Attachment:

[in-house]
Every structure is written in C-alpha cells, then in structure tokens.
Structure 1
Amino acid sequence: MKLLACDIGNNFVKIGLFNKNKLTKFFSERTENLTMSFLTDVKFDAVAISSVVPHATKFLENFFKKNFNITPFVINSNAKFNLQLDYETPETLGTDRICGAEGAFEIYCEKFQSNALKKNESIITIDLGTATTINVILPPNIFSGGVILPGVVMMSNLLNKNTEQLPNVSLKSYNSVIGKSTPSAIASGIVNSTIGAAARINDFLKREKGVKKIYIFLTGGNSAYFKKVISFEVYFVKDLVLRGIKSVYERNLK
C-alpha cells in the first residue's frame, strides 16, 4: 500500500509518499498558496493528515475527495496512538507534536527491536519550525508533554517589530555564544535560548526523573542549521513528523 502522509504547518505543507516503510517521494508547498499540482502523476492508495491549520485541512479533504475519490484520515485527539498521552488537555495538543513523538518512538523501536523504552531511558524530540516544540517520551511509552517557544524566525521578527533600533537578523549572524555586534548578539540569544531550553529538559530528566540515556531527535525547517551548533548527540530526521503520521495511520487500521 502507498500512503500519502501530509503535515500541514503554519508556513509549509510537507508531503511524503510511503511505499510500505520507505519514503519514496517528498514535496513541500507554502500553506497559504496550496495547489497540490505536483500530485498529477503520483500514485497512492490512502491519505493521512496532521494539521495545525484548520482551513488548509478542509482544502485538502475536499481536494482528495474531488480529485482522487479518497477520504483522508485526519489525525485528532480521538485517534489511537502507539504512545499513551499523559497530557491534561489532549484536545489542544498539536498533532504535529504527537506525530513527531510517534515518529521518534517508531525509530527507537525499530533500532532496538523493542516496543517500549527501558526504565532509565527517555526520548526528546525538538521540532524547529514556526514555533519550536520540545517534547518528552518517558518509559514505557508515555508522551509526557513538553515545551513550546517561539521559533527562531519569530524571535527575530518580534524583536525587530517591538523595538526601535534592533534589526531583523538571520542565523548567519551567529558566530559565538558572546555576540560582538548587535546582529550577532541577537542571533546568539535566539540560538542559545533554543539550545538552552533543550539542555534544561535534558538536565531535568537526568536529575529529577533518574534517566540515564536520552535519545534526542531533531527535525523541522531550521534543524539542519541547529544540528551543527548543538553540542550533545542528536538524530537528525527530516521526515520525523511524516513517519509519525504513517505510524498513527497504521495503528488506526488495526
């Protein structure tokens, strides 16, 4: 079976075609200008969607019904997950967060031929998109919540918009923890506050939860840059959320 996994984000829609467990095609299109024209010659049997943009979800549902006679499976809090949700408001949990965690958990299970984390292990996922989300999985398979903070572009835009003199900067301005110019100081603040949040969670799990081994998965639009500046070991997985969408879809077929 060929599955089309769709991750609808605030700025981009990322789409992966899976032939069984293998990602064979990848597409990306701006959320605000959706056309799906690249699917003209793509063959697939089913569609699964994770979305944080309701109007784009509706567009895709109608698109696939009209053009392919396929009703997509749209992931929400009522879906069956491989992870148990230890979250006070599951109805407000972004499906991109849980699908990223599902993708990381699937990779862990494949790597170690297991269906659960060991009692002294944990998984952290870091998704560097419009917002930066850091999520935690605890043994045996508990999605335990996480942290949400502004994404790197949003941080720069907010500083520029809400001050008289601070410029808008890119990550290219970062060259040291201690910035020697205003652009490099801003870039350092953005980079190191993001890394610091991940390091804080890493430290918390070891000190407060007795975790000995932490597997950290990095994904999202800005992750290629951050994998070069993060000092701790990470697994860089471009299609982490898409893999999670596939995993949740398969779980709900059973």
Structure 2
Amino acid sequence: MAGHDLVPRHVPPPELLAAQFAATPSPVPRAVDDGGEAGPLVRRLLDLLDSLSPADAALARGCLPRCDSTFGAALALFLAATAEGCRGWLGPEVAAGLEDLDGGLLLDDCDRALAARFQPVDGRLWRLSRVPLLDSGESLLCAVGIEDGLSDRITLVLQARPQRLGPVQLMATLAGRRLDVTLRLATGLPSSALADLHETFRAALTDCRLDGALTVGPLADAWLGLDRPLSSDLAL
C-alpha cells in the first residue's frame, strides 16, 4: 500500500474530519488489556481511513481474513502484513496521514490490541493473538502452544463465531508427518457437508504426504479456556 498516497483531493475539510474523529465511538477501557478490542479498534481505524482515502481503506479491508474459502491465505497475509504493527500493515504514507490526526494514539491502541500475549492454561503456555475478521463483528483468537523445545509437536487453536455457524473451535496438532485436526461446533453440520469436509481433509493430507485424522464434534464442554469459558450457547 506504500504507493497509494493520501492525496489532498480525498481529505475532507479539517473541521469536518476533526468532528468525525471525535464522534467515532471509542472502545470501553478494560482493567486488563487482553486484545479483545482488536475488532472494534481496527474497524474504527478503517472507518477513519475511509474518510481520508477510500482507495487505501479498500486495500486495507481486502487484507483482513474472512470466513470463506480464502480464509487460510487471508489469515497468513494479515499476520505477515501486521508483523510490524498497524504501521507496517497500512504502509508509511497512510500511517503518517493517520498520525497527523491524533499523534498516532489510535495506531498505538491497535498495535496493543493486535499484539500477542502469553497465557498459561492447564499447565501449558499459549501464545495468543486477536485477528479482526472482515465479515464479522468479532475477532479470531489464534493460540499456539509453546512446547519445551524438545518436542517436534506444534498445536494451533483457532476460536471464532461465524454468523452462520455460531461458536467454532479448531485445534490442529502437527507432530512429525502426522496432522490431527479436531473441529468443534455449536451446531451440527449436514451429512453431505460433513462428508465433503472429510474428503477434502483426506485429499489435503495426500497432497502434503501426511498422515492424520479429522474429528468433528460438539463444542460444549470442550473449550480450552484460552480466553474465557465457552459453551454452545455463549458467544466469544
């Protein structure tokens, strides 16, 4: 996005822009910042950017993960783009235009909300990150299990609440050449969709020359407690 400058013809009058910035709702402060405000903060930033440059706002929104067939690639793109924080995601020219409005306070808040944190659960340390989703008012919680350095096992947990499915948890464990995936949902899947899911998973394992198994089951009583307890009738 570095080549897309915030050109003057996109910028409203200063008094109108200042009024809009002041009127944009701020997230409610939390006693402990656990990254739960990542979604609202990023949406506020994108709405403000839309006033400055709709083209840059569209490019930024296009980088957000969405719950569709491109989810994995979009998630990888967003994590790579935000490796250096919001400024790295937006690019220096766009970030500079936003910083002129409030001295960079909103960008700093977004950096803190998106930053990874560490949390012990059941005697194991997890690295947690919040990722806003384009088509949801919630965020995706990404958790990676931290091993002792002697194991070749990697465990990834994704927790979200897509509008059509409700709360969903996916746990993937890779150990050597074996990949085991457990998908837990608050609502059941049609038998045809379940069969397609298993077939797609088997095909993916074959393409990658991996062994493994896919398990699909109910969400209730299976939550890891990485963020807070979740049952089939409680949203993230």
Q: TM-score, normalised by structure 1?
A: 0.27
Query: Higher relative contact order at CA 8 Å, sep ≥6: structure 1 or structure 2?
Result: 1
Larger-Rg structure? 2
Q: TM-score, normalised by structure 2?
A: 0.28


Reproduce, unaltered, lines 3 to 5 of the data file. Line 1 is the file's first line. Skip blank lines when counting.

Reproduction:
Structure 1
Amino acid sequence: MKLLACDIGNNFVKIGLFNKNKLTKFFSERTENLTMSFLTDVKFDAVAISSVVPHATKFLENFFKKNFNITPFVINSNAKFNLQLDYETPETLGTDRICGAEGAFEIYCEKFQSNALKKNESIITIDLGTATTINVILPPNIFSGGVILPGVVMMSNLLNKNTEQLPNVSLKSYNSVIGKSTPSAIASGIVNSTIGAAARINDFLKREKGVKKIYIFLTGGNSAYFKKVISFEVYFVKDLVLRGIKSVYERNLK
C-alpha cells in the first residue's frame, strides 16, 4: 500500500509518499498558496493528515475527495496512538507534536527491536519550525508533554517589530555564544535560548526523573542549521513528523 502522509504547518505543507516503510517521494508547498499540482502523476492508495491549520485541512479533504475519490484520515485527539498521552488537555495538543513523538518512538523501536523504552531511558524530540516544540517520551511509552517557544524566525521578527533600533537578523549572524555586534548578539540569544531550553529538559530528566540515556531527535525547517551548533548527540530526521503520521495511520487500521 502507498500512503500519502501530509503535515500541514503554519508556513509549509510537507508531503511524503510511503511505499510500505520507505519514503519514496517528498514535496513541500507554502500553506497559504496550496495547489497540490505536483500530485498529477503520483500514485497512492490512502491519505493521512496532521494539521495545525484548520482551513488548509478542509482544502485538502475536499481536494482528495474531488480529485482522487479518497477520504483522508485526519489525525485528532480521538485517534489511537502507539504512545499513551499523559497530557491534561489532549484536545489542544498539536498533532504535529504527537506525530513527531510517534515518529521518534517508531525509530527507537525499530533500532532496538523493542516496543517500549527501558526504565532509565527517555526520548526528546525538538521540532524547529514556526514555533519550536520540545517534547518528552518517558518509559514505557508515555508522551509526557513538553515545551513550546517561539521559533527562531519569530524571535527575530518580534524583536525587530517591538523595538526601535534592533534589526531583523538571520542565523548567519551567529558566530559565538558572546555576540560582538548587535546582529550577532541577537542571533546568539535566539540560538542559545533554543539550545538552552533543550539542555534544561535534558538536565531535568537526568536529575529529577533518574534517566540515564536520552535519545534526542531533531527535525523541522531550521534543524539542519541547529544540528551543527548543538553540542550533545542528536538524530537528525527530516521526515520525523511524516513517519509519525504513517505510524498513527497504521495503528488506526488495526